“Purity” means something special in aesthetic terms, with its allusion to the look and communicative power of pure form. But in science, “purity” sometimes has a very different meaning. Photo by Bill Westmoreland


brutjournal's science-and-art contributor David Bjerklie is a science writer and editor, and former science reporter for TIME magazine. He is based in New Jersey and Minnesota. Evoking a sense of purity in nature, we've illustrated this article with photos by Bill Westmoreland.

by David Bjerklie

On first examination, the notion of purity in the world of science seems entirely straightforward. When chemists or materials scientists refer to a pure sample of an element, whether it’s gold, carbon, sulfur, lead or uranium, they simply mean that the only substance present in such a sample is that single named element.

In this sense, purity is something absolute. It may be regarded as the chemical counterpart of the oath a witness takes in court when he or she pledges to tell “the truth, the whole truth, and nothing but the truth.” In the real world, however, chemists have had to devise scales, or grades, of purity in order to meet the practical demands of measurement in a range of scientific, pharmaceutical, and industrial contexts.

Degrees of purity apply to the smelting and smithing of gold, for example, processes in which karats serve as the unit by which purity is measured (24-karat gold is 99.99% pure, 18-karat gold is 75% pure, and 12-karat gold is 50% pure).

Science measures "purity," often with great precision.

It’s also possible to produce pure samples of a particular chemical compound. Distilled water is pure H2O. What we refer to as “dry ice” is pure carbon dioxide (CO2) in its frozen state. Pure preparations of methane (CH4), sulfuric acid (H2SO4), ammonia (NH3), baking soda (NaHCO3,) and ordinary table salt (NaCl) can also be made.

The list of possible pure compounds is essentially endless. But note that there is a big difference between a compound and a mixture. A compound is still a single entity created by chemical bonds; a mixture is not. You could put bananas, yogurt, spices, and honey into a blender, for example, and hold the button down for as long as you’d like, but no matter how uniform and silky the result, that liquid would be a mixture, not a compound; in that instance, the idea of “purity” would not apply. Similarly, when it comes to a familiar, smelly tool of farming, there is no such thing as “pure manure,” even though, in another realm, that might be just what many politicians seem to be so capable of serving up so much of the time.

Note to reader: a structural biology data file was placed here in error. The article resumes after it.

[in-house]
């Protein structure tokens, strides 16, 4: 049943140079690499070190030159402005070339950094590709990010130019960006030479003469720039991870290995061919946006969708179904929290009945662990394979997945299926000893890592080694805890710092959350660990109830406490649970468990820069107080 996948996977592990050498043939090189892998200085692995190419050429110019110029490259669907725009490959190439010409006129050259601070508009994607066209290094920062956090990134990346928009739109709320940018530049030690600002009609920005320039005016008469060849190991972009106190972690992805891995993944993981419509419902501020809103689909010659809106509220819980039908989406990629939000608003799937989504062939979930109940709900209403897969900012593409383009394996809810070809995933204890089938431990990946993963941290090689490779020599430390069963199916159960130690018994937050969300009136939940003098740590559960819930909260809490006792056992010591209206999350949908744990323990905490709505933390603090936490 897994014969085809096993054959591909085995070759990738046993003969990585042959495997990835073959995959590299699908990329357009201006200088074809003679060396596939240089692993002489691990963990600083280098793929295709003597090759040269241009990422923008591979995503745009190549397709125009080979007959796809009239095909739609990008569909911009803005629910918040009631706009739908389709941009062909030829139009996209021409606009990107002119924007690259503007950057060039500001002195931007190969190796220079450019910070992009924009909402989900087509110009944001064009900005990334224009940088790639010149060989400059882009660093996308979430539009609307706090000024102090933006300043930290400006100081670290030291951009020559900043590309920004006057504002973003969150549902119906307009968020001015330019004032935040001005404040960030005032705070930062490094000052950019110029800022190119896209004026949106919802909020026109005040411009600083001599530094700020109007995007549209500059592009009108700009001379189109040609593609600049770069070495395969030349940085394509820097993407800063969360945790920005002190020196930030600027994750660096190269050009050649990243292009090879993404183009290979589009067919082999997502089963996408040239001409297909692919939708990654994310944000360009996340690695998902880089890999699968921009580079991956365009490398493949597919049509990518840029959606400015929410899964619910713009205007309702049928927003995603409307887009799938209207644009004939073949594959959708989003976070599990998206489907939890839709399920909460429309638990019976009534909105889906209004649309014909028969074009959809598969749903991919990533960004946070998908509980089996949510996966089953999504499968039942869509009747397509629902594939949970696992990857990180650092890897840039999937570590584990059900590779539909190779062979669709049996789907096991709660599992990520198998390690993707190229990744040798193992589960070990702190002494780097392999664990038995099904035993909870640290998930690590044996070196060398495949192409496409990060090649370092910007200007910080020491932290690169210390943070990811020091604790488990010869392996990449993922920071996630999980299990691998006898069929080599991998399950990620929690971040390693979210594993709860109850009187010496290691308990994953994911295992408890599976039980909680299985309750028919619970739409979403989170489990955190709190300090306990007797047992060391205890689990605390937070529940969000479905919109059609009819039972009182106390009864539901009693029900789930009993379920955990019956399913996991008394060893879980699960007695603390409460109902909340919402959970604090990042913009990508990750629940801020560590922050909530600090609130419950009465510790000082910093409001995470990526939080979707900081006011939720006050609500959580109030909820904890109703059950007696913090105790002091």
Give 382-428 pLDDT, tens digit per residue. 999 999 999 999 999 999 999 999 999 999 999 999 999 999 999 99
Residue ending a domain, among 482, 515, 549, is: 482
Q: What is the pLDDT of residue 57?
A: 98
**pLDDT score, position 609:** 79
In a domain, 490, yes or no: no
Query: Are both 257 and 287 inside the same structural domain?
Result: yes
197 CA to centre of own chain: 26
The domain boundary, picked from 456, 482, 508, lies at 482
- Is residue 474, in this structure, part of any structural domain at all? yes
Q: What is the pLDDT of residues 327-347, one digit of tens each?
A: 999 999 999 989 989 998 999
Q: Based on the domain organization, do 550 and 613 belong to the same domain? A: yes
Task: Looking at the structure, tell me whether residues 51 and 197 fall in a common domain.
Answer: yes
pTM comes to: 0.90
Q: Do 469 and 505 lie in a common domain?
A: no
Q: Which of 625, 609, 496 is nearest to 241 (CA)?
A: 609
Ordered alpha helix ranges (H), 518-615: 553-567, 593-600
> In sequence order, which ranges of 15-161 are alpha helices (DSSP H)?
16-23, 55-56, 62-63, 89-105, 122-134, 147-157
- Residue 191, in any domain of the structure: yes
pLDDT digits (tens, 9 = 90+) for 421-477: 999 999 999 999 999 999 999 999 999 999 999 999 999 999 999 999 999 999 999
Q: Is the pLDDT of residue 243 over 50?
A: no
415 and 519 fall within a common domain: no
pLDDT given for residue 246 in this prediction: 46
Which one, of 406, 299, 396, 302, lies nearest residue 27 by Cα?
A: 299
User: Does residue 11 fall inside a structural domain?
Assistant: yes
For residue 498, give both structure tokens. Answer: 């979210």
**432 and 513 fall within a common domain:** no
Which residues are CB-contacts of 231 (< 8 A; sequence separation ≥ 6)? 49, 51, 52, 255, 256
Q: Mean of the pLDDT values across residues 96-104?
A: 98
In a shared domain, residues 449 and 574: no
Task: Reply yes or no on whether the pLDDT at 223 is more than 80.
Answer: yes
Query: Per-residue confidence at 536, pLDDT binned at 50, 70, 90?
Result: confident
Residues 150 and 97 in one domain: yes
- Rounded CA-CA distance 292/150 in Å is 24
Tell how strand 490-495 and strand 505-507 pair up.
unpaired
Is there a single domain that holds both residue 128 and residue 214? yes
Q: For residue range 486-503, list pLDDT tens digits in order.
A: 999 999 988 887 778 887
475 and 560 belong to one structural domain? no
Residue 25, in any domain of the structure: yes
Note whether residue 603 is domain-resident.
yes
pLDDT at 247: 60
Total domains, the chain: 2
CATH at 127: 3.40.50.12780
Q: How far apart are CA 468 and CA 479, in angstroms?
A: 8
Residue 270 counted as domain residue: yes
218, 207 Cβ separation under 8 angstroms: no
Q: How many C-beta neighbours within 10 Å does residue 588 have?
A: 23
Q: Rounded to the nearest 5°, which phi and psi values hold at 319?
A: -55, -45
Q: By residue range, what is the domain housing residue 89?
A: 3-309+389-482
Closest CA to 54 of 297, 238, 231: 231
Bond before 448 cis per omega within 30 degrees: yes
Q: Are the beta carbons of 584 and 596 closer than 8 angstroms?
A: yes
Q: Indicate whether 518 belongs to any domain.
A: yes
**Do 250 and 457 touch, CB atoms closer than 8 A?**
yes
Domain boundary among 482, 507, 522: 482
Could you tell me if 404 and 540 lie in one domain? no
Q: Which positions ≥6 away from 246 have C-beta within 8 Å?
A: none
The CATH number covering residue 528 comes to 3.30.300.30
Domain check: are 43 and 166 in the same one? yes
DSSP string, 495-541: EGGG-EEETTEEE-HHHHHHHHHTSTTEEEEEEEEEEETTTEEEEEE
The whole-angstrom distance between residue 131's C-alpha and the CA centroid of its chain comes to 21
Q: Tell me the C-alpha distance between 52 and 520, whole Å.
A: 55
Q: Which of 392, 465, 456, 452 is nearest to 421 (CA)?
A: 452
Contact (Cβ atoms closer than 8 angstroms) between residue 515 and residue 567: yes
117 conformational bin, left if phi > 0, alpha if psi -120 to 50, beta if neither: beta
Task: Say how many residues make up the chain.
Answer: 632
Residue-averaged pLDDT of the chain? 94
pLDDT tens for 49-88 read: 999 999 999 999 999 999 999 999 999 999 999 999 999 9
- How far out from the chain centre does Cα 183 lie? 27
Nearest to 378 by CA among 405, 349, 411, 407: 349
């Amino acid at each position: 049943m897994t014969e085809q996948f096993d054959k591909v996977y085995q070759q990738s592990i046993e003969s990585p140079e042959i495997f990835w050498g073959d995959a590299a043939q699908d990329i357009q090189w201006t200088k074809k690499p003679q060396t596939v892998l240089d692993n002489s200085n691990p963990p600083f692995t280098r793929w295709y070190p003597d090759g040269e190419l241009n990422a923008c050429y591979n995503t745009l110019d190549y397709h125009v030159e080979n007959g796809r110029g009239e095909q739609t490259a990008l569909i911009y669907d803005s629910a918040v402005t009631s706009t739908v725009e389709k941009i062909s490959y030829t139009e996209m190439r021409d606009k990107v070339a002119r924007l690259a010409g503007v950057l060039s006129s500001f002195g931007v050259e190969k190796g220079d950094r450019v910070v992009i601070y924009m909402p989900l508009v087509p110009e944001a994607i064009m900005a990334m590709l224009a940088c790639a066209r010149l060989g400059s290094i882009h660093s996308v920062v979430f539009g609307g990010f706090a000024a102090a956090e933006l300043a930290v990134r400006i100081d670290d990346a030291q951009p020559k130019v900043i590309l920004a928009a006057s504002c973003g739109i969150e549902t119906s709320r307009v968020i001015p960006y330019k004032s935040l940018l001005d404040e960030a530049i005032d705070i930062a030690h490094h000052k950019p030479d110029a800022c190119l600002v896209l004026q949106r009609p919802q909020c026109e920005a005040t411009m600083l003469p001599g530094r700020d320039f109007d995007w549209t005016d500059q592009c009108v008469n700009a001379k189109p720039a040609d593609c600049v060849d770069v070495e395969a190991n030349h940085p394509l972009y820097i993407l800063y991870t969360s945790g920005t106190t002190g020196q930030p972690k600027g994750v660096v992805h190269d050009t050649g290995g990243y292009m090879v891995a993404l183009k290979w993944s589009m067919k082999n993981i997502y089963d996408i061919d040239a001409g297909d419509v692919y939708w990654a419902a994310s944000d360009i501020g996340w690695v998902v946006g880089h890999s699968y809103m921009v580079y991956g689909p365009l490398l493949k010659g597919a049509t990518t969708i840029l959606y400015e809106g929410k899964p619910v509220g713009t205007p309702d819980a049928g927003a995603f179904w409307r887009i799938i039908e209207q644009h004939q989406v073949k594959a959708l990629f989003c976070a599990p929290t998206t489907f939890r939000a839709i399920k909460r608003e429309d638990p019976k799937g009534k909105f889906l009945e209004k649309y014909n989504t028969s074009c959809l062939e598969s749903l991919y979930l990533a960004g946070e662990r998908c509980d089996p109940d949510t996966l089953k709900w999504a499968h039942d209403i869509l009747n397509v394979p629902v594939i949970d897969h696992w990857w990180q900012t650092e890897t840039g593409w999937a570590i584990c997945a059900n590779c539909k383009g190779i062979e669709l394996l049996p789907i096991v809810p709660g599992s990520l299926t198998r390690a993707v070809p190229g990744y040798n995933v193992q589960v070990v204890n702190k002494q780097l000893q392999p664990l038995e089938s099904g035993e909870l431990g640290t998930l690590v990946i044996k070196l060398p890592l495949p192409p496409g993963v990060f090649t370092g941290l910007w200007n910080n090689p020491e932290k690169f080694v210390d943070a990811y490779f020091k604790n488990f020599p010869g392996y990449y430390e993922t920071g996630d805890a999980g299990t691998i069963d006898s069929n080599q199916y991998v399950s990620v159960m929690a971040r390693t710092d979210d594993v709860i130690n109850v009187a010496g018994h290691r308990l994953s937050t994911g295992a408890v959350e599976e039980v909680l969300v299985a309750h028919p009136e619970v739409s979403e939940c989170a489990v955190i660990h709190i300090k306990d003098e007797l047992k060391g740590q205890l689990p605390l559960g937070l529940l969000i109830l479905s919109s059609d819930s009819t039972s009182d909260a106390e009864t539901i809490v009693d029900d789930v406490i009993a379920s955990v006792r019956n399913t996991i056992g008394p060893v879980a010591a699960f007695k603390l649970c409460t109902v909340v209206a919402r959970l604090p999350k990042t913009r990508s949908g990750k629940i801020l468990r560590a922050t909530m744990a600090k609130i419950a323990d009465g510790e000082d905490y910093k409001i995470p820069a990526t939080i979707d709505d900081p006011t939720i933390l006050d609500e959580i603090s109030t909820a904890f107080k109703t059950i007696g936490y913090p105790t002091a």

Does purity exist in nature? Ask a scientist — and bring some fine-tuned measuring instruments along with you.

Science also offers us a notion of purity that can seem counterintuitive — and deliciously appealing to the aesthetic sensibility of the brutjournal community. That’s the idea of “pure” nothing.

A perfect vacuum, for example. Most of us learned that deep space is a perfect vacuum, a perfect void, a complete absence of anything. It turns out that the physics of pure vacuums is a bit more complicated, but practically speaking, a cubic foot of deep space is indeed pure emptiness, containing 99.999999999999% of nothing, give or take a few decimal points. 

Researchers create vacuums here on Earth for a variety of experimental as well as engineering and manufacturing purposes. The ideal of purity as complete absence also has applications beyond vacuums. So-called cleanrooms, for example, strive to eliminate all airborne particulate matter, including the smallest floating motes of dust, in order to avoid contamination in nanoscale processes, including the production of semiconductors.

Untouched nature, in all its glory, offers a vivid example of what many poets, artists, and lovers of the outdoors have regarded as "pure."

Most cleanrooms attempt to keep any contaminants from entering the workspace, but there are cleanrooms that are engineered to keep contaminants from escaping the workspace, such as those used in the study of deadly pathogens. Cleanrooms employ a battery of filters, fans and air handlers to maintain strong barriers between their enclosed spaces and the rest of the world. Sterilization is another process that strives for pure absence by killing any and all forms of biological agents, including microbes, spores, and the misfolded fragments of proteins called prions, which are the cause of mad cow disease. 

While it is certainly the case that purity, in all its degrees and forms, is essential in the realms of science, technology and medicine, it bears noting that achieving or producing these forms of purity require human intervention. Scientifically speaking, purity is almost always an engineered state; true purity is a rarity in nature. Life on Earth walks, swims, crawls, flies through — and, in fact, is dependent on — impurities at every turn. 

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